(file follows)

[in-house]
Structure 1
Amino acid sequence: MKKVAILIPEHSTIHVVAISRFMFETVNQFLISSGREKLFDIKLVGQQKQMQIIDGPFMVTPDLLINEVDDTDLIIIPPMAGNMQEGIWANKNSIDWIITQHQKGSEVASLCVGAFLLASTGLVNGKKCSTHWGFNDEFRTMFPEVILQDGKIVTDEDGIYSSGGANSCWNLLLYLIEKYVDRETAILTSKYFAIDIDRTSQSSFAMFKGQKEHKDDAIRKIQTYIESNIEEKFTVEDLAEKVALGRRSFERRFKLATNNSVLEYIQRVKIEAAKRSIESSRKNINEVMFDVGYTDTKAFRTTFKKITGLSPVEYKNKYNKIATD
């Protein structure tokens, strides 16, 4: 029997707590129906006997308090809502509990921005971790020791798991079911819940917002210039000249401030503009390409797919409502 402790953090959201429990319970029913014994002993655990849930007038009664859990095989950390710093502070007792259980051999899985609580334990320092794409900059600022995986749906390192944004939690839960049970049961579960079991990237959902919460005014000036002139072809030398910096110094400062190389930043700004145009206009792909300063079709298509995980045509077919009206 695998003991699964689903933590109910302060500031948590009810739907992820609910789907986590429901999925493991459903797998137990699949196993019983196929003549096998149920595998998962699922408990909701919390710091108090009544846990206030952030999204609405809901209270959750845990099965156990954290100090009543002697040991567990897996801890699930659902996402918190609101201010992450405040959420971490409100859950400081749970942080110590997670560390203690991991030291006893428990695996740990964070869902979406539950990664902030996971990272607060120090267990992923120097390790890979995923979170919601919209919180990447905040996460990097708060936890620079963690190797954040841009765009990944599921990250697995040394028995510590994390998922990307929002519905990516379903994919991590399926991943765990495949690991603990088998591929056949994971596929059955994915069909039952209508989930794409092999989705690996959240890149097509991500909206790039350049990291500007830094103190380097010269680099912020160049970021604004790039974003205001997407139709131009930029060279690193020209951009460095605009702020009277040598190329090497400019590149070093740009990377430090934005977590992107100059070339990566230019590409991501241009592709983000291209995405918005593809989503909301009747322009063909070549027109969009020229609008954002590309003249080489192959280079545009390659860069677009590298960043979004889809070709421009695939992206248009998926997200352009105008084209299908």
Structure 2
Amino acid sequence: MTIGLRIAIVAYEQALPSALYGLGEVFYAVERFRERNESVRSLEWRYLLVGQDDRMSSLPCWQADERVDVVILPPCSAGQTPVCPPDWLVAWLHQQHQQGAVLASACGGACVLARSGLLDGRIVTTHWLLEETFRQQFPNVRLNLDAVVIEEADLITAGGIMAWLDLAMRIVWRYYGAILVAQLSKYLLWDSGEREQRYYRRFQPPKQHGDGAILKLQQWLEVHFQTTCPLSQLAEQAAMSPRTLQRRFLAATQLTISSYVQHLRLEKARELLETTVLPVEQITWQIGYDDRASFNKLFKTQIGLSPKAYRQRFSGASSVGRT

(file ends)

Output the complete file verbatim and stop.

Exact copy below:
[in-house]
Structure 1
Amino acid sequence: MKKVAILIPEHSTIHVVAISRFMFETVNQFLISSGREKLFDIKLVGQQKQMQIIDGPFMVTPDLLINEVDDTDLIIIPPMAGNMQEGIWANKNSIDWIITQHQKGSEVASLCVGAFLLASTGLVNGKKCSTHWGFNDEFRTMFPEVILQDGKIVTDEDGIYSSGGANSCWNLLLYLIEKYVDRETAILTSKYFAIDIDRTSQSSFAMFKGQKEHKDDAIRKIQTYIESNIEEKFTVEDLAEKVALGRRSFERRFKLATNNSVLEYIQRVKIEAAKRSIESSRKNINEVMFDVGYTDTKAFRTTFKKITGLSPVEYKNKYNKIATD
């Protein structure tokens, strides 16, 4: 029997707590129906006997308090809502509990921005971790020791798991079911819940917002210039000249401030503009390409797919409502 402790953090959201429990319970029913014994002993655990849930007038009664859990095989950390710093502070007792259980051999899985609580334990320092794409900059600022995986749906390192944004939690839960049970049961579960079991990237959902919460005014000036002139072809030398910096110094400062190389930043700004145009206009792909300063079709298509995980045509077919009206 695998003991699964689903933590109910302060500031948590009810739907992820609910789907986590429901999925493991459903797998137990699949196993019983196929003549096998149920595998998962699922408990909701919390710091108090009544846990206030952030999204609405809901209270959750845990099965156990954290100090009543002697040991567990897996801890699930659902996402918190609101201010992450405040959420971490409100859950400081749970942080110590997670560390203690991991030291006893428990695996740990964070869902979406539950990664902030996971990272607060120090267990992923120097390790890979995923979170919601919209919180990447905040996460990097708060936890620079963690190797954040841009765009990944599921990250697995040394028995510590994390998922990307929002519905990516379903994919991590399926991943765990495949690991603990088998591929056949994971596929059955994915069909039952209508989930794409092999989705690996959240890149097509991500909206790039350049990291500007830094103190380097010269680099912020160049970021604004790039974003205001997407139709131009930029060279690193020209951009460095605009702020009277040598190329090497400019590149070093740009990377430090934005977590992107100059070339990566230019590409991501241009592709983000291209995405918005593809989503909301009747322009063909070549027109969009020229609008954002590309003249080489192959280079545009390659860069677009590298960043979004889809070709421009695939992206248009998926997200352009105008084209299908």
Structure 2
Amino acid sequence: MTIGLRIAIVAYEQALPSALYGLGEVFYAVERFRERNESVRSLEWRYLLVGQDDRMSSLPCWQADERVDVVILPPCSAGQTPVCPPDWLVAWLHQQHQQGAVLASACGGACVLARSGLLDGRIVTTHWLLEETFRQQFPNVRLNLDAVVIEEADLITAGGIMAWLDLAMRIVWRYYGAILVAQLSKYLLWDSGEREQRYYRRFQPPKQHGDGAILKLQQWLEVHFQTTCPLSQLAEQAAMSPRTLQRRFLAATQLTISSYVQHLRLEKARELLETTVLPVEQITWQIGYDDRASFNKLFKTQIGLSPKAYRQRFSGASSVGRT